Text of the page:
So when the New Testament authors quote Habakkuk 2, and say that “the just shall live by faith”, they’re not saying that we should just believe that Jesus died on the cross or grit our teeth believing for something for which there’s no proof. I think we can see this clearly because Habakkuk 2 is quoted in Hebrews chapter 10, this is starting at verse 36 of Hebrews 10:

For you have need of endurance, so that when you have done the will of God you may receive what is promised. For, “Yet a little while, and the coming one will come and will not delay; but my righteous one shall live by faith”

Now if we were to keep reading in Hebrews, we see a whole bunch of people in Hebrews 11 who counted God’s words as trustworthy, as reliable, as certain, they were confident that God was going to do what he said he would do, and the whole chapter gives examples of people that lived in light of God’s promises for the age to come. The author of Hebrews presents them as a model, which is why we see the encouragement right at the beginning of Hebrews 12, that because there’s this faithful cloud of witnesses, ones who counted God and his words as trustworthy and reliable, that we should live like they did.

So what does God require? What is God looking for? When he calls a disciple of Jesus to have faith, he’s not saying “just say a prayer and blindly believe”, but rather “look at the evidence, look at my track record, look at how I have proven myself trustworthy, that what I have spoken in the past has come to pass. And in light of that, you can have certainty about the things that I’ve spoken that have yet to come to pass. You should count me as reliable, my words as firm, that I’m really going to do what I said.”

So this is the righteous act or the appropriate response toward God and his words. Guys, faith is not blind belief, God has given ample evidence by real historical events where he’s said he would do something, and he did it. And then he said he would do something else, and he did it. Over and over and over again, we see him acting in accordance with his promises, and this is the evidence that he’s given so that we can read the things that still have yet to come to pass and actually have confidence and assurance and certainty that they really will. This is why Paul says things like “we walk by faith”, in other words, we are living our lives in accordance with the certainty or the reliability of God’s future promises actually coming to pass because on real historical evidence.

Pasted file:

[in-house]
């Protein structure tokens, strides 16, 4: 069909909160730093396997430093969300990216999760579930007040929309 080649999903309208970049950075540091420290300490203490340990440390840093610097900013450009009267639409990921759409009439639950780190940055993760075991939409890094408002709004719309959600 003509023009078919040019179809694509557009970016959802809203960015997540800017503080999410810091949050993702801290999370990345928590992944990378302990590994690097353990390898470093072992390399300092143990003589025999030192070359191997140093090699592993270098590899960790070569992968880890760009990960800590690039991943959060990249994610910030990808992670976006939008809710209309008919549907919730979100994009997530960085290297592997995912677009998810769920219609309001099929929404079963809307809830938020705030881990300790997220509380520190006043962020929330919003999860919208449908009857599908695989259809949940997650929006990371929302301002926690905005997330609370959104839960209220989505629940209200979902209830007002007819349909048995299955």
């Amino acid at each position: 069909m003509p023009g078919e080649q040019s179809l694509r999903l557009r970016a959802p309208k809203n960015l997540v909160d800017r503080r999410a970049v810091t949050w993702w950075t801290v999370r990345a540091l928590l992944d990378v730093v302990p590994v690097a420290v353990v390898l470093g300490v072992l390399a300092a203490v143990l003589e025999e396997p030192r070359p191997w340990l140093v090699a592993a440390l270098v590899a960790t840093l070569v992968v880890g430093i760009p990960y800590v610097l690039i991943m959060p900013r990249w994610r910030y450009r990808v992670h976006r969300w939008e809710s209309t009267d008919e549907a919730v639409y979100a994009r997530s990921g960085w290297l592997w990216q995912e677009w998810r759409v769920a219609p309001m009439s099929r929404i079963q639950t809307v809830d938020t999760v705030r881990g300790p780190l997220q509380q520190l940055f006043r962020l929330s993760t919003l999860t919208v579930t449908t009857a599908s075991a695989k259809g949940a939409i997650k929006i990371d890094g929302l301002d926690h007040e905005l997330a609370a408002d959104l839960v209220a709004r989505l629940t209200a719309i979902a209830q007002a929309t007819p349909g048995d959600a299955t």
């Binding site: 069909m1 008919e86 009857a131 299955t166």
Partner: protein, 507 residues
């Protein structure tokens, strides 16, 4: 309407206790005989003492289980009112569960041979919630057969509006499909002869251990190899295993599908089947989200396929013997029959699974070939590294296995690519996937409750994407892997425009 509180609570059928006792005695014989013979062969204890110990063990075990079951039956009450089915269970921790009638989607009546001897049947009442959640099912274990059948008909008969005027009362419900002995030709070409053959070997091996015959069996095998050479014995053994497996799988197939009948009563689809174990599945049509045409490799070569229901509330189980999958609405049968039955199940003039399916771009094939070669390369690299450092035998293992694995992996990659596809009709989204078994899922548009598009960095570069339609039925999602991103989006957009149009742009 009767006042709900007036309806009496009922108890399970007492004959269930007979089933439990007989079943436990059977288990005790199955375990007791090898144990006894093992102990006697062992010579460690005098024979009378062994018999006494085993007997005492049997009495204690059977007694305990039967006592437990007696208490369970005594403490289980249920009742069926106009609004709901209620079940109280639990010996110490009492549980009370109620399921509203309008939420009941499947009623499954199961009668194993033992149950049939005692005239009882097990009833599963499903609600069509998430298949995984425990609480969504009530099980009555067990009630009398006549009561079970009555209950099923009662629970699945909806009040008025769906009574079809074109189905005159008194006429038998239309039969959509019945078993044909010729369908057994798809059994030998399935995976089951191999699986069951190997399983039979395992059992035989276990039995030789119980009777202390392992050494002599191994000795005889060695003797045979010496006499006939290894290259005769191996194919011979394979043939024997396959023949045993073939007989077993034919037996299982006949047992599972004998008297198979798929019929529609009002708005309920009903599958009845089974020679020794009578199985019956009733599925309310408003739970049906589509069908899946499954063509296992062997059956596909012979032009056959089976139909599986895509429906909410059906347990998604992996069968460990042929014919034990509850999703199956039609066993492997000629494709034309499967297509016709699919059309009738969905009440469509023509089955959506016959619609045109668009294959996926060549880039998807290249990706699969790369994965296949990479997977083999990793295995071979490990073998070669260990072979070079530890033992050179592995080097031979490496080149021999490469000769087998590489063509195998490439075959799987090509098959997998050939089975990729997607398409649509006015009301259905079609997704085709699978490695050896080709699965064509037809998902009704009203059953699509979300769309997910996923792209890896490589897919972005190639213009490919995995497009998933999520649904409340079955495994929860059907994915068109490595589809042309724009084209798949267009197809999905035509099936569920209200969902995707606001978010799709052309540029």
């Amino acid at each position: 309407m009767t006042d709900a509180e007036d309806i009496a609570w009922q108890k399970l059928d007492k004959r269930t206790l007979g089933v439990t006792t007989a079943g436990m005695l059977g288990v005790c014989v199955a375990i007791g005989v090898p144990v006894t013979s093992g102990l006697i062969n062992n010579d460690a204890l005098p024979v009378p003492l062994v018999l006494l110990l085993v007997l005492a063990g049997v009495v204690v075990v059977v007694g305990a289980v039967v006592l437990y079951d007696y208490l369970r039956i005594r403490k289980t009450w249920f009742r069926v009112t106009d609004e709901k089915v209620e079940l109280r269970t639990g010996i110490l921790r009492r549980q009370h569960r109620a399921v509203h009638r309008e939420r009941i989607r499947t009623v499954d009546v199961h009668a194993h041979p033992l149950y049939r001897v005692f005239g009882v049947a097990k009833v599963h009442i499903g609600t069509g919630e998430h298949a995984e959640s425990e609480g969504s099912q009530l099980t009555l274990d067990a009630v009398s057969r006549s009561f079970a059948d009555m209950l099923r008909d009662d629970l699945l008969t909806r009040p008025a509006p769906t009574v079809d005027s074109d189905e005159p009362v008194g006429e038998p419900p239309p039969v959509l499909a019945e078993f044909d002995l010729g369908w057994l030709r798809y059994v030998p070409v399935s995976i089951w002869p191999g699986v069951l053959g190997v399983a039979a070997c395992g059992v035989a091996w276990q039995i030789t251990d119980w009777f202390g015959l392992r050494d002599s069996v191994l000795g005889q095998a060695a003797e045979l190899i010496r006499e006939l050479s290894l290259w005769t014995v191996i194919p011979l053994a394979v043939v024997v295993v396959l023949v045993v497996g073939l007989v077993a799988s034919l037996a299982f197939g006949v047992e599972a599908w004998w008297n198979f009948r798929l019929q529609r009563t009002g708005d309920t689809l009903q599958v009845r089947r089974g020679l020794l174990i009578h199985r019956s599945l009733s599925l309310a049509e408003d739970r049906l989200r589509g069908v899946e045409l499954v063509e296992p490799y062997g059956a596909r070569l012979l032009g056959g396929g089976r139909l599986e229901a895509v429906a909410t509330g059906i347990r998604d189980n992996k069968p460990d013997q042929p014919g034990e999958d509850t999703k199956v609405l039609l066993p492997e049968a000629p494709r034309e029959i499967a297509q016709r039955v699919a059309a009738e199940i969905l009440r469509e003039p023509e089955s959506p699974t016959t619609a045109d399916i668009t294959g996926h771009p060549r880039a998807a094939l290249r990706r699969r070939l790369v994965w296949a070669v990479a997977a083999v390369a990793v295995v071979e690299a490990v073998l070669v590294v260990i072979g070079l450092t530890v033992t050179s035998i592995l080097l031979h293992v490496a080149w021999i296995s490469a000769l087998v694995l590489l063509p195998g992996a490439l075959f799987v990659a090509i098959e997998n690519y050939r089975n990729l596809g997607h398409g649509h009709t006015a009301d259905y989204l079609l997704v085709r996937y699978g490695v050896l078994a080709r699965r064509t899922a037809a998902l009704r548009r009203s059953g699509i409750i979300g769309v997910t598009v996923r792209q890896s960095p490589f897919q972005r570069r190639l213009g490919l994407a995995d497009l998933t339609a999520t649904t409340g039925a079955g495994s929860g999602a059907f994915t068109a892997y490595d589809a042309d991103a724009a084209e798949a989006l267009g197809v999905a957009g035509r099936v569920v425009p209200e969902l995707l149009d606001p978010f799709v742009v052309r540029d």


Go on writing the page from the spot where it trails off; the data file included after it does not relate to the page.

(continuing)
So do you see why this really matters and that the Biblical understanding of faith is actually the opposite of Webster’s dictionary definition? There is ample historical proof, and based on that, the appropriate response when we read God’s words about the future is to tremble, to live in light of the certainty of them coming to pass.

Friends, the day of the Lord is coming, just as he promised in the Law and the Prophets and through the words of Jesus and the apostles. 2 Peter 1 says that because of the events of Jesus’ first coming, “we have the words of the prophets made more certain, to which you will do well to pay attention as to a lamp shining in a dark place, until the day dawns and the morning star rises“. We would do well to count those oracles as trustworthy and reliable and as a result, change the way we live and what we prioritize and what we look forward to and how we treat others and what we do with our money. God really is going to do all that he said, and we should feel urgency and sobriety to live righteously in light of the soon and coming Day.

Amen. If this was encouraging, drop a comment below, hit that thumbs up button, and subscribe for more. My heart with these short videos is to strengthen your foundation and spur you to build your life upon what the God of Israel has said and done and what’s he promised for the future, and I hope they’re doing just that. Well, God bless, and maranatha.